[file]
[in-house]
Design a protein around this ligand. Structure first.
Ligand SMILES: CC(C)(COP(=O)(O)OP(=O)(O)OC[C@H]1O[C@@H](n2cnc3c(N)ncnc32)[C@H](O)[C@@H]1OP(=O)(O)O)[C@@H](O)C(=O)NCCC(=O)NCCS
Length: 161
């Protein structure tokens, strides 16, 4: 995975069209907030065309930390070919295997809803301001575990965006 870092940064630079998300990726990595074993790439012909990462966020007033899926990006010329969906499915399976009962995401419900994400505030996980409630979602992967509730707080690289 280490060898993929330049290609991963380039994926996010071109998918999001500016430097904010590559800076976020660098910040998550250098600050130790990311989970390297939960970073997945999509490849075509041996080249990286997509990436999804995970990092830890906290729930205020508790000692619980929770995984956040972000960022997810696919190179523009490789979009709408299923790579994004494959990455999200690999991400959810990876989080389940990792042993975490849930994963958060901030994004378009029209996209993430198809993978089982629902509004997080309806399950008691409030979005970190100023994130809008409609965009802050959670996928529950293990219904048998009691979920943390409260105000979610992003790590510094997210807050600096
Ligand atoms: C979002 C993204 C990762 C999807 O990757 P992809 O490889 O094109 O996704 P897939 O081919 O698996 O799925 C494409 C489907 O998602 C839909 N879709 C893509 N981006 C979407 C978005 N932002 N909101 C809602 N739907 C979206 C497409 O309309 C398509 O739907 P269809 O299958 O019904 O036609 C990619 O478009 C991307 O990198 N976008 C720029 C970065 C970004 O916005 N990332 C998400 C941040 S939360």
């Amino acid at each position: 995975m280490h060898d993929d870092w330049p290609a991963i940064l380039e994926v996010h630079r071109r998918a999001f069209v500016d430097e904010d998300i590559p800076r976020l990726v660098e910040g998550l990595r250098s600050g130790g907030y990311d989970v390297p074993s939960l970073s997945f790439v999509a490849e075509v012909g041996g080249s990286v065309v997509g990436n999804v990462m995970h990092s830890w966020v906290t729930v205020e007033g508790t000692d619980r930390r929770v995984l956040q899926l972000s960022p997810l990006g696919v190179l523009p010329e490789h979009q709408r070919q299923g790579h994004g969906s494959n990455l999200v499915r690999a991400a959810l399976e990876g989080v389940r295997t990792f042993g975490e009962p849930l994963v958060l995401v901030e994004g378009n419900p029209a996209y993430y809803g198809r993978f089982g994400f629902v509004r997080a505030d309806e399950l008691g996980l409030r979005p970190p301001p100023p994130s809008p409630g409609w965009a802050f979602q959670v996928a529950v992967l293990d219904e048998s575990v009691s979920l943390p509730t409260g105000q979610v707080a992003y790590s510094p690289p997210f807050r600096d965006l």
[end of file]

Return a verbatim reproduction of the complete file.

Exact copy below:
[in-house]
Design a protein around this ligand. Structure first.
Ligand SMILES: CC(C)(COP(=O)(O)OP(=O)(O)OC[C@H]1O[C@@H](n2cnc3c(N)ncnc32)[C@H](O)[C@@H]1OP(=O)(O)O)[C@@H](O)C(=O)NCCC(=O)NCCS
Length: 161
């Protein structure tokens, strides 16, 4: 995975069209907030065309930390070919295997809803301001575990965006 870092940064630079998300990726990595074993790439012909990462966020007033899926990006010329969906499915399976009962995401419900994400505030996980409630979602992967509730707080690289 280490060898993929330049290609991963380039994926996010071109998918999001500016430097904010590559800076976020660098910040998550250098600050130790990311989970390297939960970073997945999509490849075509041996080249990286997509990436999804995970990092830890906290729930205020508790000692619980929770995984956040972000960022997810696919190179523009490789979009709408299923790579994004494959990455999200690999991400959810990876989080389940990792042993975490849930994963958060901030994004378009029209996209993430198809993978089982629902509004997080309806399950008691409030979005970190100023994130809008409609965009802050959670996928529950293990219904048998009691979920943390409260105000979610992003790590510094997210807050600096
Ligand atoms: C979002 C993204 C990762 C999807 O990757 P992809 O490889 O094109 O996704 P897939 O081919 O698996 O799925 C494409 C489907 O998602 C839909 N879709 C893509 N981006 C979407 C978005 N932002 N909101 C809602 N739907 C979206 C497409 O309309 C398509 O739907 P269809 O299958 O019904 O036609 C990619 O478009 C991307 O990198 N976008 C720029 C970065 C970004 O916005 N990332 C998400 C941040 S939360």
């Amino acid at each position: 995975m280490h060898d993929d870092w330049p290609a991963i940064l380039e994926v996010h630079r071109r998918a999001f069209v500016d430097e904010d998300i590559p800076r976020l990726v660098e910040g998550l990595r250098s600050g130790g907030y990311d989970v390297p074993s939960l970073s997945f790439v999509a490849e075509v012909g041996g080249s990286v065309v997509g990436n999804v990462m995970h990092s830890w966020v906290t729930v205020e007033g508790t000692d619980r930390r929770v995984l956040q899926l972000s960022p997810l990006g696919v190179l523009p010329e490789h979009q709408r070919q299923g790579h994004g969906s494959n990455l999200v499915r690999a991400a959810l399976e990876g989080v389940r295997t990792f042993g975490e009962p849930l994963v958060l995401v901030e994004g378009n419900p029209a996209y993430y809803g198809r993978f089982g994400f629902v509004r997080a505030d309806e399950l008691g996980l409030r979005p970190p301001p100023p994130s809008p409630g409609w965009a802050f979602q959670v996928a529950v992967l293990d219904e048998s575990v009691s979920l943390p509730t409260g105000q979610v707080a992003y790590s510094p690289p997210f807050r600096d965006l």